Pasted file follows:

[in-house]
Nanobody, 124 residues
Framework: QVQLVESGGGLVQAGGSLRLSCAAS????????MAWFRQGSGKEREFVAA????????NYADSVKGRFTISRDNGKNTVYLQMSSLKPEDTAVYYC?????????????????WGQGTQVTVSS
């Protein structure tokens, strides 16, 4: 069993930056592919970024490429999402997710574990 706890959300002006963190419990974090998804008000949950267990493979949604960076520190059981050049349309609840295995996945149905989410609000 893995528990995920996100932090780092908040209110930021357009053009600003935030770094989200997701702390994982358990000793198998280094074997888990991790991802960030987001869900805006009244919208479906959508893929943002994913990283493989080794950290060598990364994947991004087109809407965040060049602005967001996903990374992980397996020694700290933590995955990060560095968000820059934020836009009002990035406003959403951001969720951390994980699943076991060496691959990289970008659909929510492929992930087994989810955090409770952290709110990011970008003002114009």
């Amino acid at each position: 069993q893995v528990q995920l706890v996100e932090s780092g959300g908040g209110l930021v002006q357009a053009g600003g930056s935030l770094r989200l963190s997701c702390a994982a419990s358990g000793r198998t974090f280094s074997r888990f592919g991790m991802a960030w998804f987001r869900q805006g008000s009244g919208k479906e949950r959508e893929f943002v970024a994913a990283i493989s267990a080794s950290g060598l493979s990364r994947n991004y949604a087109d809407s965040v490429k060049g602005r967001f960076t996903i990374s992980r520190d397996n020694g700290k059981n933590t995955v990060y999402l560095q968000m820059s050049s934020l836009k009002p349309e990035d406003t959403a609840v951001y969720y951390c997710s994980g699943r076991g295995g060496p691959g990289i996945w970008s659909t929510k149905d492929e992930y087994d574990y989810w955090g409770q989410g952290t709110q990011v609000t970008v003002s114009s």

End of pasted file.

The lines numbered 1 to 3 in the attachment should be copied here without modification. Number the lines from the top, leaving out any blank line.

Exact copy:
[in-house]
Nanobody, 124 residues
Framework: QVQLVESGGGLVQAGGSLRLSCAAS????????MAWFRQGSGKEREFVAA????????NYADSVKGRFTISRDNGKNTVYLQMSSLKPEDTAVYYC?????????????????WGQGTQVTVSS